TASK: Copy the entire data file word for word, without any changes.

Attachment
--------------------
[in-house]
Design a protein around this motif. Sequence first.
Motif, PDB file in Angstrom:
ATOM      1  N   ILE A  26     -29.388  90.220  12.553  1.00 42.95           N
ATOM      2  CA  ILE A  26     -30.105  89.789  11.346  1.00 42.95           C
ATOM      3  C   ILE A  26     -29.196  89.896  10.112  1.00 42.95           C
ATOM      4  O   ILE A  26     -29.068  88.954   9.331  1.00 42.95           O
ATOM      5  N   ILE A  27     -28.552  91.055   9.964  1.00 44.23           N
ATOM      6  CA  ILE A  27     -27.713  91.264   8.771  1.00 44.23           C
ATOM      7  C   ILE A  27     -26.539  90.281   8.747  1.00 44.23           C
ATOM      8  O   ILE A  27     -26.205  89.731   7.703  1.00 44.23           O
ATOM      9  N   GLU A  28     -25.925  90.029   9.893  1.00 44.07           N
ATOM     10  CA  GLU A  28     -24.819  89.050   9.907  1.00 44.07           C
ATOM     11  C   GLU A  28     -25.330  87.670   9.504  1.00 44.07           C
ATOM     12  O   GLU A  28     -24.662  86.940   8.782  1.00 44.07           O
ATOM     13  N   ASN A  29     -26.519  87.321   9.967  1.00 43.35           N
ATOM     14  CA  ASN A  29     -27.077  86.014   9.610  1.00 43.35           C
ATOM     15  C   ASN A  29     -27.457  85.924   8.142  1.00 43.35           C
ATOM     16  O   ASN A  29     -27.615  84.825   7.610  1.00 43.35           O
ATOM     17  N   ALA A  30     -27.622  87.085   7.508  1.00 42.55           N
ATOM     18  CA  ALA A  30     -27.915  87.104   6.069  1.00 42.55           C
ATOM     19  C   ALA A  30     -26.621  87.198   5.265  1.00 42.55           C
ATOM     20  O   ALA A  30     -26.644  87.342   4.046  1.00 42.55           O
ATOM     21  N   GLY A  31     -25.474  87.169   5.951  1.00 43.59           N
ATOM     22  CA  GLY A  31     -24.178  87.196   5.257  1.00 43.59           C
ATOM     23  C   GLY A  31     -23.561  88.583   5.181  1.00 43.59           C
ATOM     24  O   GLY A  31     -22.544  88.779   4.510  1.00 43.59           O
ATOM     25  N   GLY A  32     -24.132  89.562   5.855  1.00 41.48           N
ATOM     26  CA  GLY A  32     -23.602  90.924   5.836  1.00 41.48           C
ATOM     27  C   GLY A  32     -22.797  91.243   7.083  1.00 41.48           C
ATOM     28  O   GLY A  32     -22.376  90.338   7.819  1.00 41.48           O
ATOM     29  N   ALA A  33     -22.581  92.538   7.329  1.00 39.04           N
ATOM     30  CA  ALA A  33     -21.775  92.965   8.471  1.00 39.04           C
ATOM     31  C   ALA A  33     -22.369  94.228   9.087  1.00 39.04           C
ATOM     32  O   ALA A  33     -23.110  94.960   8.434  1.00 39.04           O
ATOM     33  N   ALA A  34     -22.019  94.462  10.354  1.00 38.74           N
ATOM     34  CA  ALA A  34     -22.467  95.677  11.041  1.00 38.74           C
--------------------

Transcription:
[in-house]
Design a protein around this motif. Sequence first.
Motif, PDB file in Angstrom:
ATOM      1  N   ILE A  26     -29.388  90.220  12.553  1.00 42.95           N
ATOM      2  CA  ILE A  26     -30.105  89.789  11.346  1.00 42.95           C
ATOM      3  C   ILE A  26     -29.196  89.896  10.112  1.00 42.95           C
ATOM      4  O   ILE A  26     -29.068  88.954   9.331  1.00 42.95           O
ATOM      5  N   ILE A  27     -28.552  91.055   9.964  1.00 44.23           N
ATOM      6  CA  ILE A  27     -27.713  91.264   8.771  1.00 44.23           C
ATOM      7  C   ILE A  27     -26.539  90.281   8.747  1.00 44.23           C
ATOM      8  O   ILE A  27     -26.205  89.731   7.703  1.00 44.23           O
ATOM      9  N   GLU A  28     -25.925  90.029   9.893  1.00 44.07           N
ATOM     10  CA  GLU A  28     -24.819  89.050   9.907  1.00 44.07           C
ATOM     11  C   GLU A  28     -25.330  87.670   9.504  1.00 44.07           C
ATOM     12  O   GLU A  28     -24.662  86.940   8.782  1.00 44.07           O
ATOM     13  N   ASN A  29     -26.519  87.321   9.967  1.00 43.35           N
ATOM     14  CA  ASN A  29     -27.077  86.014   9.610  1.00 43.35           C
ATOM     15  C   ASN A  29     -27.457  85.924   8.142  1.00 43.35           C
ATOM     16  O   ASN A  29     -27.615  84.825   7.610  1.00 43.35           O
ATOM     17  N   ALA A  30     -27.622  87.085   7.508  1.00 42.55           N
ATOM     18  CA  ALA A  30     -27.915  87.104   6.069  1.00 42.55           C
ATOM     19  C   ALA A  30     -26.621  87.198   5.265  1.00 42.55           C
ATOM     20  O   ALA A  30     -26.644  87.342   4.046  1.00 42.55           O
ATOM     21  N   GLY A  31     -25.474  87.169   5.951  1.00 43.59           N
ATOM     22  CA  GLY A  31     -24.178  87.196   5.257  1.00 43.59           C
ATOM     23  C   GLY A  31     -23.561  88.583   5.181  1.00 43.59           C
ATOM     24  O   GLY A  31     -22.544  88.779   4.510  1.00 43.59           O
ATOM     25  N   GLY A  32     -24.132  89.562   5.855  1.00 41.48           N
ATOM     26  CA  GLY A  32     -23.602  90.924   5.836  1.00 41.48           C
ATOM     27  C   GLY A  32     -22.797  91.243   7.083  1.00 41.48           C
ATOM     28  O   GLY A  32     -22.376  90.338   7.819  1.00 41.48           O
ATOM     29  N   ALA A  33     -22.581  92.538   7.329  1.00 39.04           N
ATOM     30  CA  ALA A  33     -21.775  92.965   8.471  1.00 39.04           C
ATOM     31  C   ALA A  33     -22.369  94.228   9.087  1.00 39.04           C
ATOM     32  O   ALA A  33     -23.110  94.960   8.434  1.00 39.04           O
ATOM     33  N   ALA A  34     -22.019  94.462  10.354  1.00 38.74           N
ATOM     34  CA  ALA A  34     -22.467  95.677  11.041  1.00 38.74           C